"I was told in church that there were building blocks of sin and evildoing, and these words were strung together to scare me -- drunkard, thief, adulterer, homosexual. I thought, 'That's what I am,'"she told Oprah on Wednesday's episode of the popular talk show, explaining why she waited so long to come out. "I prayed every day for God to change me. And it was: 'Dear God, please don't let me be gay. I promise to be a good person.' I said that prayer every day, multiple times a day."
In and out of a relationship with a woman named Julia for several years, Chely tried to keep that aspect of her life hidden from those closest to her. Even her family and her best friend were unaware of her inner turmoil. "When you start telling people, it puts people in the position to lie for you, and I knew that," she says. "So I just didn't tell people. I wasn't just in the closet. I was behind the sheet rock in the closet. The duality of my existence was so much work."
So determined was the rising star to keep her sexual orientation hidden from everyone, she tried to date men, including country artists Vince Gill and Brad Paisley. It was a decision that she profoundly regrets. "My dating men was my giving it a Hail Mary toward normal," she reveals. "I ultimately just confused the heck out of them because I couldn't love them the way they loved me."
Chely's relationship with Brad happened about a decade ago but still haunts her today. "I have a lot of regret for how that began and had a middle and ended," she admits. "I had no business being in a relationship with him ... I was making a deal again with myself: 'Well, Chel, you'll forego love. You'll go without love. Find someone with whom you can spend your life that makes you laugh, that you like how they live their life, that you can share a life with.'"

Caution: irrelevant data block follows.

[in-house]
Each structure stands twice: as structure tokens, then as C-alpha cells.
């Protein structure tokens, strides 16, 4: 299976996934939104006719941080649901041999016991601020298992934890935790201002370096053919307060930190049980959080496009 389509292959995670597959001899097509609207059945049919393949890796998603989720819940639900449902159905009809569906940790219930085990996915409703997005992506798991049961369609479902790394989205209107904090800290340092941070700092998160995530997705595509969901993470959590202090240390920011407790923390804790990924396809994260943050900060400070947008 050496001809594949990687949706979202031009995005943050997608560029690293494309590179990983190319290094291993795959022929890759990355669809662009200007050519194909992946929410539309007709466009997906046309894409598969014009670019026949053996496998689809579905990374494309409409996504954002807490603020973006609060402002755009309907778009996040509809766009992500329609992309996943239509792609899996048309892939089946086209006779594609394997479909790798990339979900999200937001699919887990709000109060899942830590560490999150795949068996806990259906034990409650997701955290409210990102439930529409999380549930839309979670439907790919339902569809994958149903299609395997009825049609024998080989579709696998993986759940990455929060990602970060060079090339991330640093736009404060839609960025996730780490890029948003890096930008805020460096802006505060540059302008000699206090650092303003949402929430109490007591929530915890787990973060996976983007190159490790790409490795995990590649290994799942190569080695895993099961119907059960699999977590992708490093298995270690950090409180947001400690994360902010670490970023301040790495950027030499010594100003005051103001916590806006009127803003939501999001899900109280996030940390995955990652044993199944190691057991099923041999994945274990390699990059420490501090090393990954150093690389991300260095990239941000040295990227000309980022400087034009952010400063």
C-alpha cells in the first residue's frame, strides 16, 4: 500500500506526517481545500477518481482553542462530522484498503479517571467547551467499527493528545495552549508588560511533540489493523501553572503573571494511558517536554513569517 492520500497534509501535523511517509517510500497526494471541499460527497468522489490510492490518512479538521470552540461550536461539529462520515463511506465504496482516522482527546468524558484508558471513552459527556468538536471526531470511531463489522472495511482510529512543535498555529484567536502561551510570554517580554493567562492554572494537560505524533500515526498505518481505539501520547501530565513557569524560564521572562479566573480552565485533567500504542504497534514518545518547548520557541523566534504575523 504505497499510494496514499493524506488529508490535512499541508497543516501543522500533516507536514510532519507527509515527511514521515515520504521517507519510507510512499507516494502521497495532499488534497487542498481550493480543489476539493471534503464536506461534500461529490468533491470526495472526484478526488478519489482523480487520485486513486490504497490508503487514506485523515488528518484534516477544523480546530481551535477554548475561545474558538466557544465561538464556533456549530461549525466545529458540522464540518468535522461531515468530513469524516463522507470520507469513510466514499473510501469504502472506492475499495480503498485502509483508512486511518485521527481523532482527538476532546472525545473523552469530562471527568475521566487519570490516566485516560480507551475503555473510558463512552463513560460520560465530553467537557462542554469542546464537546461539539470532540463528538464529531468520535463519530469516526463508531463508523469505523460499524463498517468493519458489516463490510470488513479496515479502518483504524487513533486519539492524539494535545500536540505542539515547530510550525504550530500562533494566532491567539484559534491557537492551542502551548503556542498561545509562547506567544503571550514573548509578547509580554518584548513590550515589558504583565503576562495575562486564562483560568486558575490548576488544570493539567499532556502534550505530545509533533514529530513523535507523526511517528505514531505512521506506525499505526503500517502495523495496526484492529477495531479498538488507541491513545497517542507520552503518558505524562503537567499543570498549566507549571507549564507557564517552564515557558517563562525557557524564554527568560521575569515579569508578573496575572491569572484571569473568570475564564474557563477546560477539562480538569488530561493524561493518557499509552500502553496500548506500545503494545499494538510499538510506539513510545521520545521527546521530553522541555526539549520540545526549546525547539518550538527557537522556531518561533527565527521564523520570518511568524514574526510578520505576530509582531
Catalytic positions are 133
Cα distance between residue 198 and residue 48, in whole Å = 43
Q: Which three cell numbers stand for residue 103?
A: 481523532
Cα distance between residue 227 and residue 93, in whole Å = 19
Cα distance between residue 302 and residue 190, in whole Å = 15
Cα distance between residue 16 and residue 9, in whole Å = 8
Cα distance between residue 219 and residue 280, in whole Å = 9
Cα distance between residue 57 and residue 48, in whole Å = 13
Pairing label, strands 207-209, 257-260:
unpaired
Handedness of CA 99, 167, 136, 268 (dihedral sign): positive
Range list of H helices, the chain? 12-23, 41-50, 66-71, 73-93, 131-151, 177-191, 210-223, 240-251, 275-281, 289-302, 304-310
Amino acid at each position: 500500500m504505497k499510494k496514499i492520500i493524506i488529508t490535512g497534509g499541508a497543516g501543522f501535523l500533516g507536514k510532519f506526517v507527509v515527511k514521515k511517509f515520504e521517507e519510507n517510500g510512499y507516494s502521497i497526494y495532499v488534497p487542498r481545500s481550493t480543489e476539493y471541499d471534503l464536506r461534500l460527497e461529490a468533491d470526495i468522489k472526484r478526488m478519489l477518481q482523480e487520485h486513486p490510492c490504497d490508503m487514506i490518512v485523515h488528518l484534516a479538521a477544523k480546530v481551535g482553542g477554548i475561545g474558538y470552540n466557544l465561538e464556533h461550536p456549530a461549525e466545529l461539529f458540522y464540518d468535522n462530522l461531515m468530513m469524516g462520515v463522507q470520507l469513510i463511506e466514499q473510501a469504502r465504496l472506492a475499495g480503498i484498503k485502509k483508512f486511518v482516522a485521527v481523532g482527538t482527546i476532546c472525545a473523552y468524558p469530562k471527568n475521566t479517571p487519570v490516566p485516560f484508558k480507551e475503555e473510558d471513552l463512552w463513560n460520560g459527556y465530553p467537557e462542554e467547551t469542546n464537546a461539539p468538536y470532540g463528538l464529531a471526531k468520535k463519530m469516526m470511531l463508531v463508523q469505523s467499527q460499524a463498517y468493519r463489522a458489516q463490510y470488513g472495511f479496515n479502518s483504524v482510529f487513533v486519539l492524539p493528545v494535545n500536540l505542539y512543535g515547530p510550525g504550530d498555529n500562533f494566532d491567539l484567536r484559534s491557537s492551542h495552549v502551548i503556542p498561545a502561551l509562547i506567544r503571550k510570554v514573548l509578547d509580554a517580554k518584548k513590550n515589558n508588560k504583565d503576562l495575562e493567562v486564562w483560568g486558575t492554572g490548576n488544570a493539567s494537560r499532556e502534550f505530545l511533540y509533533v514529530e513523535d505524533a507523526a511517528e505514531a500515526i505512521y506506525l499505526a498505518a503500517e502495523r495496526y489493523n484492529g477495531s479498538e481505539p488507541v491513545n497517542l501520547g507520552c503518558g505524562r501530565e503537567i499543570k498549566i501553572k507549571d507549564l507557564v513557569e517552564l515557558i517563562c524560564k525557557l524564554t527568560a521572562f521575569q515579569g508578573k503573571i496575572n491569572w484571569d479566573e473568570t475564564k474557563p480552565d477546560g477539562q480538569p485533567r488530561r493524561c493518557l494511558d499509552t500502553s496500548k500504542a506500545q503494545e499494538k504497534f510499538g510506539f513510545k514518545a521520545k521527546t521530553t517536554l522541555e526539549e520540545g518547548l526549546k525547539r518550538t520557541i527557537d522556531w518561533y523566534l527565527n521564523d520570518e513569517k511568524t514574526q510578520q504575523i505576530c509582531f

Now, years later, she still hopes to someday set things right with her famous ex. "Doing anything with someone you shouldn't be doing something with -- having sex with him, kissing on him, going into a movie and holding hands with a man when you're a lesbian feels wrong," she says. "When you want to be with someone else, it's wrong. I wronged him ... I damaged [Brad], and I hope he forgives me. I hope this fills in some emotional gaps for him. I don't assume he's pining over how Chely Wright hurt his feelings a few years ago. I'm assuming he's happy and moved on, but I would welcome any chance [to talk to him]."
Resolved to tear down stereotypes, and willing to wear the title as the first openly gay country singer, Chely says she is still a bit shocked at her own boldness. "Had you told me in 2000, had you said, 'You're going to be the first chart-topping country music singer to step forward and acknowledge her homosexuality,' I would have laughed in your face," she admits.
Feeling support from her fans from all over the world, she admits the support from fellow stars has not been what she had hoped. "They all have my e-mail, and it's been a little disappointing that I haven't heard from more," she reveals. "That said, I have had hundreds of e-mails and phone calls and text messages from the country music community at large."
Ultimately, the timing was right. "I've been whispered about in country music for a long time," she says. The word 'lesbian' has been used as an insult ... You can say I'm ugly. You can say my songs are stupid, but I won't allow the word 'lesbian' to be used as an insult toward me anymore."
Chely released both a memoir, 'Like Me,' and a new CD, 'Lifted Off the Ground,' earlier this month. She's now prepping for her 10th annual Reading, Writing and Rhythm event on June 8, along with special guests Rodney Crowell, Sarah Buxton, Justin Moore and Bucky Covington.
Read more of Chely's interview with Oprah here.
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